Computer Skills

Global Perspective


7) State the type(s) of evidence gathered to answer the assessment question and/or meet the assessment goals that were given in Question #6.

likert rating of how much a student felt the "UH Experience" contributed to the competency (1-5: none to a lot) and descriptive comments on what specifically contributed to the rating.

8) State how many persons submitted evidence that was evaluated. If applicable, please include the sampling technique used.

1 instructor (faculty member) conducted the assessment in 2 differ semesters (Sprign 2013 and Spring 2014).  The program assessment coordinator entered and analyzed the data.  Surveys were collected from all graduating senior in Sprign 2013 and Spring 2014 who were enrolled in FSHN 492 (senior field experience course, a required major course).

9) Who interpreted or analyzed the evidence that was collected? (Check all that apply.)

Course instructor(s)
Faculty committee
Ad hoc faculty group
Department chairperson
Persons or organization outside the university
Faculty advisor
Advisors (in student support services)
Students (graduate or undergraduate)
Other: Program assessment coordinator who is also the academic advisor for FSHN. Report was submitted to Dept Chair for comment, but no comments were received.

10) How did they evaluate, analyze, or interpret the evidence? (Check all that apply.)

Used a rubric or scoring guide
Scored exams/tests/quizzes
Used professional judgment (no rubric or scoring guide used)
Compiled survey results
Used qualitative methods on interview, focus group, open-ended response data
External organization/person analyzed data (e.g., external organization administered and scored the nursing licensing exam)

11) For the assessment question(s) and/or assessment goal(s) stated in Question #6:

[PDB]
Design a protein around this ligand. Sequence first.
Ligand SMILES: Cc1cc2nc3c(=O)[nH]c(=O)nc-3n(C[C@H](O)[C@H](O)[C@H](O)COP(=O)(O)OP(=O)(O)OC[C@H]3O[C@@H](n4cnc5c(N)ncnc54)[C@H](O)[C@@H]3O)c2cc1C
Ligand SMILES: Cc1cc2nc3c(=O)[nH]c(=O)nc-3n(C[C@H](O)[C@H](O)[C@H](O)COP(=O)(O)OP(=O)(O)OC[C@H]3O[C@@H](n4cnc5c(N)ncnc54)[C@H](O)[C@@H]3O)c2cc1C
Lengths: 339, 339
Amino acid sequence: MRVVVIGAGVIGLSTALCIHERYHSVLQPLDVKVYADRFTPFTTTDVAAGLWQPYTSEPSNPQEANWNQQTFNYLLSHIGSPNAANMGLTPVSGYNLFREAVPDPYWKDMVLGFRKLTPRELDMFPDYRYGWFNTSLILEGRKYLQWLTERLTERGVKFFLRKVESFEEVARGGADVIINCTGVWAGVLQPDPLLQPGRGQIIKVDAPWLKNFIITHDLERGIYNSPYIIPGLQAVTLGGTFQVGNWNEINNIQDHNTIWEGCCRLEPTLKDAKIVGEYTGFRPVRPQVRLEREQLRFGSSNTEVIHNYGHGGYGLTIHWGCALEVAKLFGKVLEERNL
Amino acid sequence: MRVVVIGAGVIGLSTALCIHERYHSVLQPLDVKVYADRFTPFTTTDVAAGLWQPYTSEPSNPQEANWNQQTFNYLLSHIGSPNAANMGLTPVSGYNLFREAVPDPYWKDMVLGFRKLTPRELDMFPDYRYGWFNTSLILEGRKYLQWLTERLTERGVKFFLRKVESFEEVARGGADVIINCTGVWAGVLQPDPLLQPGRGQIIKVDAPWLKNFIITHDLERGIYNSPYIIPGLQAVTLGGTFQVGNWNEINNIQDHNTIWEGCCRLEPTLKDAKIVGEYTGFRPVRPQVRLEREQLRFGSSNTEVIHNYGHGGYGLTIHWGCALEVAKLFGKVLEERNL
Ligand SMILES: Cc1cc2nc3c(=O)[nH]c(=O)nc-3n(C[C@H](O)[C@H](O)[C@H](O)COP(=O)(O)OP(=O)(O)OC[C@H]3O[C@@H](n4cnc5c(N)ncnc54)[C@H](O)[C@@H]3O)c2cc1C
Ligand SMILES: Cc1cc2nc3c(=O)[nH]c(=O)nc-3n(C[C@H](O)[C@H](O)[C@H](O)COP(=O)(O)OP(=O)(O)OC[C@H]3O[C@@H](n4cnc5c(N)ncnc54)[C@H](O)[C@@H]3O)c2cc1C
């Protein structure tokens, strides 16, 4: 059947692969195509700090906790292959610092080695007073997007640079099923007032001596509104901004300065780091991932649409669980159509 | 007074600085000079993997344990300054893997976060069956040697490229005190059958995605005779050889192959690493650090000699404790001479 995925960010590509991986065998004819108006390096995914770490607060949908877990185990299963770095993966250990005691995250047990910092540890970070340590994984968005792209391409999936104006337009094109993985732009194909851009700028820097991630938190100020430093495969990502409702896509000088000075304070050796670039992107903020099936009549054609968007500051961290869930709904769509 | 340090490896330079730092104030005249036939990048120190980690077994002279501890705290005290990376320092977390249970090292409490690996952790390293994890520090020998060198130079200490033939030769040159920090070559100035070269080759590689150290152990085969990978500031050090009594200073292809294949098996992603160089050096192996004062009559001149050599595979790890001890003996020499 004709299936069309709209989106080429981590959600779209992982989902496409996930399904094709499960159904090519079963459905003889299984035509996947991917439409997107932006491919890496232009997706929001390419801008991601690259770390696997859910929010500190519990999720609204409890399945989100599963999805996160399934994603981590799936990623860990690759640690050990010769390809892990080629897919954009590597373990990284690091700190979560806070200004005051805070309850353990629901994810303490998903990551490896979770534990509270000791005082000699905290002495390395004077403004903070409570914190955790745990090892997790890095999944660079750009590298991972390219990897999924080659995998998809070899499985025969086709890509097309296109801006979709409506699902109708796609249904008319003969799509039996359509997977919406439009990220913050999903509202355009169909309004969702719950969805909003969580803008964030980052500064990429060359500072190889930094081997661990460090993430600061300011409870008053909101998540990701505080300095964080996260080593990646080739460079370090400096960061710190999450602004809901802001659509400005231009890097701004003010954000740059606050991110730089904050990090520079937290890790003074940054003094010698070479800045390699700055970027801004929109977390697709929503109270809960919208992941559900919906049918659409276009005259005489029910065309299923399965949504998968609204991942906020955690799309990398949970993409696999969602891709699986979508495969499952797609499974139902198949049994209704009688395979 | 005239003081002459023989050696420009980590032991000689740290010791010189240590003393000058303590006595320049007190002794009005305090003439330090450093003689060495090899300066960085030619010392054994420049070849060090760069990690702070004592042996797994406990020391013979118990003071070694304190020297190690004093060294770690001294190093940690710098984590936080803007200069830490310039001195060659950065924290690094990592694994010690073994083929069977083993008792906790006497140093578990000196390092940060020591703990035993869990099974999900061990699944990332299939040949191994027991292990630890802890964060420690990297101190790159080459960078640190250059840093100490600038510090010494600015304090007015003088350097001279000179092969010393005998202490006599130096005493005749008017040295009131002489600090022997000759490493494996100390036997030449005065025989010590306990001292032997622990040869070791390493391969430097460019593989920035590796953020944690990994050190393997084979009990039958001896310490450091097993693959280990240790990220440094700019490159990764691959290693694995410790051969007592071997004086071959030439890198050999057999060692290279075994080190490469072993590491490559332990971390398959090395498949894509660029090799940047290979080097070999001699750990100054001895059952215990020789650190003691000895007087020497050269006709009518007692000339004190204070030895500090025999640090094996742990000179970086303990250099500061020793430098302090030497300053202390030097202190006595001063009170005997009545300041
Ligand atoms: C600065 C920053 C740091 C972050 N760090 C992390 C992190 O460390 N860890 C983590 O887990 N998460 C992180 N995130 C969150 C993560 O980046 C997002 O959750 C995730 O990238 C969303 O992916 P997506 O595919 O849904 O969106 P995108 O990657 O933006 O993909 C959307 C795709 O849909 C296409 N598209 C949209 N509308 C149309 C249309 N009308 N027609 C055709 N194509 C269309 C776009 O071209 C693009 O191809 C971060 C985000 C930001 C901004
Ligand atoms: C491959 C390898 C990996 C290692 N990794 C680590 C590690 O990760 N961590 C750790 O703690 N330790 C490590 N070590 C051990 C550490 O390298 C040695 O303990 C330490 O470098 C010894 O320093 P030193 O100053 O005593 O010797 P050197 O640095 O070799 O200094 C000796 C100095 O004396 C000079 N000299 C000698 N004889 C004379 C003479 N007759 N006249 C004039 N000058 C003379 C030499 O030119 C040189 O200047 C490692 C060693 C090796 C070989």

Summarize the actual results.

The students were asked “How well did the UH experience contribute to your competency in the following areas?”  Students ranked each CTAHR competency categorically, ranging 1 to 5, with 1 reflecting “zero” and 5 reflecting “a lot.”  All of the students surveyed (n= 40) completed all of the quantitative questions. Students were provided space to describe “what was most useful” with respect to each of the CTAHR competency.  A summary of the quantitative results are shown in Table 1.  “Business management skills” and “Global Perspective” had the numerically lowest means in both 2013 and 2014. Means from each graduating year were compared with a t-test.  The graduating years were similar in rating each competency, except for “Real World Experience,” which was rated significantly lower in 2014 than 2013.

Table 1. Quantitative Assessment Results

CTAHR Competency



P-value (2 tailed t-test)





Written Communications




Oral Communications




Analytical Problem Solving Skills




Personal Characteristics




Human Relations Skills




Business Management Skills




Real World Experience




Leadership Skills




Computer Skills




Global Perspective





Summary of responses to “What was most useful?”

Written Communications: “Writing intensive” courses were noted as being helpful.  Teacher feedback and reinforcement of skills such as brevity were useful.  Also experiences related to specific document formats: memos, letters, resumes, journals were also noted as useful.  Students primarily noted courses within FSHN as being useful (FSHN 350, 381, 389, 451, 452, 467, 468, and 492). 30/40 students provided feedback.

Oral Communications:  SP 151 and 251, and FSHN 381 were frequently noted as courses that provided training in oral communications.  Other courses included were FSHN 451, FSHN 452, FSHN 467, FSHN 468, FSHN 469, and FSHN 492.  Of note, only FSHN 469 is regularly offered as “O” focus.  FSHN 381 was offered as “O” focus Summer 2013. 31/40 students provided feedback.